... after his mother's death, whilst the Prince even went so far in his consideration for Beethoven's sensitiveness as to direct his servants to attend to the musician's bell before answering his own. Extreme sensibility to what he deemed indifference or neglect on the part of his friends was undoubtedly one of Ludwig's chief weaknesses; but he resented angrily the Prince's discovery of the fact, and to mark his displeasure ...
— Story-Lives of Great Musicians • Francis Jameson Rowbotham

... child: sour grapes are all very well, but it's a woman's business to be married. As for Dorothy, she is five-and-twenty, and she breaks my heart. Such a match, too! Ten thousand to her fortune, the best blood in the north, a most advantageous person, all the graces, the finest sensibility, excellent judgment, the Foster walk; and all these go positively a-begging! The men seem stricken with blindness. Why, child, when I came out (and I was the dear girl's image!) I had more swains at my feet in a fortnight than our Dorothy in——O, ...
— The Works of Robert Louis Stevenson, Volume XV • Robert Louis Stevenson

... fact he saw nothing to be ashamed of. It had never occurred to him that anyone could or should be ashamed of the position; nevertheless, Mr. Sparkes was a disappointed, even an embittered, man; and that for a subtle reason, which did credit to his sensibility. ...
— The Town Traveller • George Gissing

... with your much-valued letter, and I am happy to find that you are so much with my mother, because that sort of variety has a tendency to occupy the mind, and to keep it from brooding too much upon one subject. Sensibility and tenderness are certainly two of the most interesting and pleasing qualities of the mind. These qualities are also none of the least of the many endearingments of the female character. But if that kind of sympathy and pleasing melancholy, which is familiar to us under ...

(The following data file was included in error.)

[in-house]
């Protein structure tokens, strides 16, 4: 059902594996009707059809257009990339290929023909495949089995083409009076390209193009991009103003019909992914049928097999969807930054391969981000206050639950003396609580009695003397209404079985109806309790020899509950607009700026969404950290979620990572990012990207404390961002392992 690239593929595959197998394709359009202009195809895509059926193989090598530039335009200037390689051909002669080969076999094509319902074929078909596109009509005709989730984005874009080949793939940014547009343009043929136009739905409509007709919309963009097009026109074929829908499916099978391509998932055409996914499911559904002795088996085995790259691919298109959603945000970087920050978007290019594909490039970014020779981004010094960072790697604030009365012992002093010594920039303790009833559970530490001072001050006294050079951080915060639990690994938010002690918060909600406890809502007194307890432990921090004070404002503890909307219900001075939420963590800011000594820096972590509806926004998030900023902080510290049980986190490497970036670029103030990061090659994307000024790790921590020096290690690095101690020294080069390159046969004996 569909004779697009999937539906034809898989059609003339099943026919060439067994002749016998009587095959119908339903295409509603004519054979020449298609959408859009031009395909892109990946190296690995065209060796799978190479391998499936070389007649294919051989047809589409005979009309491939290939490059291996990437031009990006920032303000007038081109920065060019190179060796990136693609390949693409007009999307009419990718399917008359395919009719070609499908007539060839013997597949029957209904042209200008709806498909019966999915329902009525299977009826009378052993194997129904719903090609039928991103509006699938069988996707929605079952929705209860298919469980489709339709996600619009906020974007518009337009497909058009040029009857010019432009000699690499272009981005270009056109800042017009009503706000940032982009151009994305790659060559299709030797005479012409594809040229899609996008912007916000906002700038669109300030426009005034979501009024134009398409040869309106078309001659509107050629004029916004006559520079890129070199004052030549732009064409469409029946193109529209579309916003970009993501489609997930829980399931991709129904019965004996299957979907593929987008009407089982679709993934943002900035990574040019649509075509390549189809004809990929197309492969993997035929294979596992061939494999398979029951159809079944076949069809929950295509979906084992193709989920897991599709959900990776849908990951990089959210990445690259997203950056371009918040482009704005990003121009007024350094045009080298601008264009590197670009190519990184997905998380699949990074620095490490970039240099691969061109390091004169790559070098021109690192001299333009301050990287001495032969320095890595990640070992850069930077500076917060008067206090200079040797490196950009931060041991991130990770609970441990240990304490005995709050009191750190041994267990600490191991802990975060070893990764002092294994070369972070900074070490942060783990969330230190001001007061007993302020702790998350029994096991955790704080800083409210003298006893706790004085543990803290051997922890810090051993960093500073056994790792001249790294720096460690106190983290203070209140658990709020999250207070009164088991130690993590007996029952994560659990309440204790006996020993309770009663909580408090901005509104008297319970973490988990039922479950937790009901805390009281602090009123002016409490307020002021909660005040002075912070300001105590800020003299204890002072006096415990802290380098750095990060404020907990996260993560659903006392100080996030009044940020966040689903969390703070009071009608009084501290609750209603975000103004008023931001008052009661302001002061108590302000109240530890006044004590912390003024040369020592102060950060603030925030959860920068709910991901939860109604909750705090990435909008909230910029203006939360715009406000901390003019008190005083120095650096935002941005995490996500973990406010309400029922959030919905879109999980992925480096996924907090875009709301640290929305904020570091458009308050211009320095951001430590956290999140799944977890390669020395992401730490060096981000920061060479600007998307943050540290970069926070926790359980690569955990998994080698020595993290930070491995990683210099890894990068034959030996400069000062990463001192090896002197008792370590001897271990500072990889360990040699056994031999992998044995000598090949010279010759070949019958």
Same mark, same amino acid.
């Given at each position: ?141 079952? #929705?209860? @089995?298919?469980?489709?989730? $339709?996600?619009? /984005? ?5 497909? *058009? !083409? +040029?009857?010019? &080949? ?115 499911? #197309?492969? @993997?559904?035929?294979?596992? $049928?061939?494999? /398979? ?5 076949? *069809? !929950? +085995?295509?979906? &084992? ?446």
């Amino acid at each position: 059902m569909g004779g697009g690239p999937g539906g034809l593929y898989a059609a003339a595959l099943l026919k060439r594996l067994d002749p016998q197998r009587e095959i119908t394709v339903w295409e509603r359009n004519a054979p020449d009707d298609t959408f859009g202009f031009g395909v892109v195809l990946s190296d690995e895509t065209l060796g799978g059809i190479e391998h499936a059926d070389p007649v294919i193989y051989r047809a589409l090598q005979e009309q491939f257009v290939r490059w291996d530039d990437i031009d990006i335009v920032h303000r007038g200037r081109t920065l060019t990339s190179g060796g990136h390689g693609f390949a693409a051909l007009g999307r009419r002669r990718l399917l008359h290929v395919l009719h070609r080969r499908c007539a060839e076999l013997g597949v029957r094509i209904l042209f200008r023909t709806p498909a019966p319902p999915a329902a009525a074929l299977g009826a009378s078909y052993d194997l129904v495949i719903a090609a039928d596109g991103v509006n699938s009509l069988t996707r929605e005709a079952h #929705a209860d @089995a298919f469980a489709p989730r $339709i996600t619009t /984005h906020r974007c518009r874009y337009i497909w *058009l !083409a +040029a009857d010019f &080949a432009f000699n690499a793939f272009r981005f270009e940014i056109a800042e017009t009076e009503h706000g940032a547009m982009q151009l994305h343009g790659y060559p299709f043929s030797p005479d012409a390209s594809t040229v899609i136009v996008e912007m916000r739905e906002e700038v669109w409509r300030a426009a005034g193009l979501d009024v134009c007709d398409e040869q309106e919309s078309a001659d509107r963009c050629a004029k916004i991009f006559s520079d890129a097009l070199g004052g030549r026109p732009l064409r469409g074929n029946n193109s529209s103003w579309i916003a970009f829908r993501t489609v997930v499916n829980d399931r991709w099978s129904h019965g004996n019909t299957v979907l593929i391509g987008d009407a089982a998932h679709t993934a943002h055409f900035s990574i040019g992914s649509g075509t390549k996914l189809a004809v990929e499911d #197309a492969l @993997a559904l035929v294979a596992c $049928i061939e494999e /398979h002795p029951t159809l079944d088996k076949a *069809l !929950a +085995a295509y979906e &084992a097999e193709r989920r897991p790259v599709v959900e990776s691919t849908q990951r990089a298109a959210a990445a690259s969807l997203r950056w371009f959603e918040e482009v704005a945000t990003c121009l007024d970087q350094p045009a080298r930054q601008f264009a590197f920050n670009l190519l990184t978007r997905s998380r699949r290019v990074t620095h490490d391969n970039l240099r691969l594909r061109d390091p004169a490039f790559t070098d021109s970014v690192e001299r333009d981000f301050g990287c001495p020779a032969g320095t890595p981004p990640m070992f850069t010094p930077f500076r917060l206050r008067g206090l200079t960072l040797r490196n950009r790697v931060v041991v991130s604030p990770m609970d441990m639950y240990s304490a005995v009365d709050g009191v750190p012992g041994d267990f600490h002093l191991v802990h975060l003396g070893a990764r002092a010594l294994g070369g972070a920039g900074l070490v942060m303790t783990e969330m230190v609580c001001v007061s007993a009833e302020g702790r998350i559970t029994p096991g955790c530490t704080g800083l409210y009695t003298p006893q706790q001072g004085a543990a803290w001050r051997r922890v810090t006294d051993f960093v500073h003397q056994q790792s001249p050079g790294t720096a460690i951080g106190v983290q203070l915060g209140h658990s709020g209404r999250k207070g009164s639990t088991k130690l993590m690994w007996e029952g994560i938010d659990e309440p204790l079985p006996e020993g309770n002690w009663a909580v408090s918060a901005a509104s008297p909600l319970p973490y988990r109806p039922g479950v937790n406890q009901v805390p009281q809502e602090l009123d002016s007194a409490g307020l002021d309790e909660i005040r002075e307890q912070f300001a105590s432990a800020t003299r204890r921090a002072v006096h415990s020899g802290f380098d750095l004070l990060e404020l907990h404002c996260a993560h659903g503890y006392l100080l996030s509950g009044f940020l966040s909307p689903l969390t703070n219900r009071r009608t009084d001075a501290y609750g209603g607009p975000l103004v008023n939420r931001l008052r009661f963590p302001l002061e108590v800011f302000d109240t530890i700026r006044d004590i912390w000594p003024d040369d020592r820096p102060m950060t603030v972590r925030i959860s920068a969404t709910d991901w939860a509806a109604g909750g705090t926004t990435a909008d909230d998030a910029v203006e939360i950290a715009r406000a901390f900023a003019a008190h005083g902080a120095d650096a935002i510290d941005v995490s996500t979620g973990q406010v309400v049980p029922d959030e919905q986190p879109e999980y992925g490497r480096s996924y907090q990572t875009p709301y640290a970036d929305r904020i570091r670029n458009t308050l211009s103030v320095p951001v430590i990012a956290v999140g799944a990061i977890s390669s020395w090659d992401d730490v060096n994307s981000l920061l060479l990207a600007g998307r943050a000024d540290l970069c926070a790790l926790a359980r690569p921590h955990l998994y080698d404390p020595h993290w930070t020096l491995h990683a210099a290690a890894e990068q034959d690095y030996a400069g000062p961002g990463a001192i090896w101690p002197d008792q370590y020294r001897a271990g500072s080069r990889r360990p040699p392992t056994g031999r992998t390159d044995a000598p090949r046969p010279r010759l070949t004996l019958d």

— The Works of Robert Louis Stevenson - Swanston Edition Vol. 16 (of 25) • Robert Louis Stevenson

... and veneration, merely because it was a sentence and not a volume. But the case is different when we examine their relative fidelity to given facts. That fidelity depends on no peculiar modes of thought or habits of character; it is the result of keen sensibility, combined with high powers of memory and association. These qualities, as such, are the same in all men; character or feeling may direct their choice to this or that object, but the fidelity with which they treat either the one or the other, is dependent on those simple powers of sense and intellect ...
— Modern Painters Volume I (of V) • John Ruskin

... air and falls by certain laws to the ground, or when a solution of salt forms a crystal, the result is neither more nor less a mechanical manifestation of life, than the flowering of a plant, the generation or sensibility of animals, or the feelings or the mental activity of man. In thus establishing the monistic theory of nature lies the highest and most comprehensive merit of the doctrine of descent, as reformed by Darwin." ...